I was in a great mood the other day, after concluding a visit to the University of Maryland. For that reason, I decided to stop at a Starbucks before driving back to Philadelphia.
Not knowing the town of College Park as well as I should, I called the 800 information number for Starbucks. Option 6 lets the caller provide a ten-digit telephone number, after which the system provides a list of nearby stores. I gave it the main number of the university (301-405-1000) and the system started to give me store information.
There was only one problem. None of the stores I'm hearing are really that close to the university. I heard about a store in Lanham, a store in Largo and a store in Greenbelt. Sure, they're in the general vicinity, but I would expect a much closer store to the university. Being in an adventurous mood, therefore, I decided to see if a nearer store is in fact available. I left the university main entrance and turned south onto U.S. Route 1. Two blocks later, I saw a Starbucks in a shopping center on my right. This location never was announced by the 800 system.
After finishing my beverage, I asked for and found the manager of the store, and told him the situation. He looked puzzled, but then grateful, and thanked me. In fact, he said to me, "That's important — I want those customers coming to ME."
Maybe you manage the internal help desk or walk-in center of your company. In that case, your customers probably know where you are or can find you easily enough, because you're in the same building or campus. Others, however, may be in a different situation. Maybe you manage the service center, or the store itself, of an electronics or computer retailer. Maybe you're the branch manager of a consulting practice. In that case, the ability of customers or clients to find you is important to you.
If you have a telephone or web-based locator system, make sure it announces your location. Test it yourself, using local phone numbers and (if applicable) zip codes. Also check any directions that the web page provides, especially if uses a mapping service. You don't want customers driving, for example, the wrong way on a one-way street, or across a park.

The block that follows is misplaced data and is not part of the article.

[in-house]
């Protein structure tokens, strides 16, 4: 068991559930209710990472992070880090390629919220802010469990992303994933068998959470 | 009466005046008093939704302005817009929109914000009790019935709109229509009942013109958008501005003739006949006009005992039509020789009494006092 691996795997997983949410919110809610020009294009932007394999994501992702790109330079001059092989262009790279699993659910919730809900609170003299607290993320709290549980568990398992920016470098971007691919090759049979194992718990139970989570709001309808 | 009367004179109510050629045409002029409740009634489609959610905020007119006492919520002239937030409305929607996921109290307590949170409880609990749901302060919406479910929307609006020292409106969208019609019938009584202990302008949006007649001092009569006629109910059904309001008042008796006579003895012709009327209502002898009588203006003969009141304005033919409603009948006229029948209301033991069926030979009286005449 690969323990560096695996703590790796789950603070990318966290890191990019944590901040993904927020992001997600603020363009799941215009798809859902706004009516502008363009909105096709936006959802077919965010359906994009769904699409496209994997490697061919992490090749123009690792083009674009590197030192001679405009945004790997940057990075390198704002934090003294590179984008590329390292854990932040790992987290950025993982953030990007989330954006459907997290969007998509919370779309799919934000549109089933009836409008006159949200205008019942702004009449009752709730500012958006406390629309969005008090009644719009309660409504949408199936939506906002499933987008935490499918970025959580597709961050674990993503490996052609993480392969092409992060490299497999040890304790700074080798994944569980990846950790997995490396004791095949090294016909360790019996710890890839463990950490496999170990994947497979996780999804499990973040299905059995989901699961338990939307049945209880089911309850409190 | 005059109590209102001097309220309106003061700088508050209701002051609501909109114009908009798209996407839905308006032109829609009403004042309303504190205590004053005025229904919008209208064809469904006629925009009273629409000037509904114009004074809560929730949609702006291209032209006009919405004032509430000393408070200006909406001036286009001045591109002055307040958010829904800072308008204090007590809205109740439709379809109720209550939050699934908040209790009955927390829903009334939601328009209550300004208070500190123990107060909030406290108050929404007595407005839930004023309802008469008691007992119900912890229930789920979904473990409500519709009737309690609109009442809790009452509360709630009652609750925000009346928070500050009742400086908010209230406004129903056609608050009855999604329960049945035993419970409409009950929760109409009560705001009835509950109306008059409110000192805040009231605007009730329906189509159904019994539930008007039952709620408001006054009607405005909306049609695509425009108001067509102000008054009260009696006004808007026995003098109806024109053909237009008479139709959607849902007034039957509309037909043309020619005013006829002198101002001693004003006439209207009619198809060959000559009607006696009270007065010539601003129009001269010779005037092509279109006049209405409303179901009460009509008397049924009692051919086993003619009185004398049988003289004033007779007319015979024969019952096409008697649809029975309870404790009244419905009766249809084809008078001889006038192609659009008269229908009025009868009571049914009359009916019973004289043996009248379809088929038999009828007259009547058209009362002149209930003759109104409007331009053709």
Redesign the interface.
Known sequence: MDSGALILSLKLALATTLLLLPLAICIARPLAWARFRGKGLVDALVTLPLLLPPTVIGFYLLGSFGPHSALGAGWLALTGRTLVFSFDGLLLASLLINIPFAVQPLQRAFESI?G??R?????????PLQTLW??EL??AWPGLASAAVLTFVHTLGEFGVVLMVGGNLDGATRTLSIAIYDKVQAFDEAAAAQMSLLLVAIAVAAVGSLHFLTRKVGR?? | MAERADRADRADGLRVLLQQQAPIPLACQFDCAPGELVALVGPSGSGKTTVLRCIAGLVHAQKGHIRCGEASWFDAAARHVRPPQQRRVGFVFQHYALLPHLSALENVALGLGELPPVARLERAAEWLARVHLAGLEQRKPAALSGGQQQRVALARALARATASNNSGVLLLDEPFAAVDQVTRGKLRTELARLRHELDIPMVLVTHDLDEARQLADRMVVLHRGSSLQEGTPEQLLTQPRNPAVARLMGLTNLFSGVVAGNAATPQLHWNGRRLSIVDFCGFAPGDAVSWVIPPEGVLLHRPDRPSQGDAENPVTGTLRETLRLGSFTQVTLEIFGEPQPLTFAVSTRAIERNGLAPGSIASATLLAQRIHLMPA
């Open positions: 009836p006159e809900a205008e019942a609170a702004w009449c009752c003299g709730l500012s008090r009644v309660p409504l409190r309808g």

Are you using landmarks? Be aware that street names can change. Also, hotels can be "reflagged." That is, the Marriott hotel on the corner could become, tomorrow, a Hilton. If you're giving out exit numbers of highways, be aware that many highways are switching from sequential-based to mileage-based exit numbering. For example, the "Valley Forge" exit of the Pennsylvania Turnpike used to be exit 24, because it was the 24th exit as you traveled east from the Ohio state line. Now, however, it is exit 326, because it physically is 326 miles from the Ohio line. If your directions fail to account for any such changes, your customers could get confused or lost. For further details, see my March 11 blog entry "Tell 'em what you're gonna tell 'em," at http://www.techrepublic.com/blog/helpdesk/?p=14
Following these tips may minimize the chances of a lost customer.
Do you have questions or comments? I can be reached at email@example.com
Calvin Sun is an attorney who writes about technology and legal issues for TechRepublic.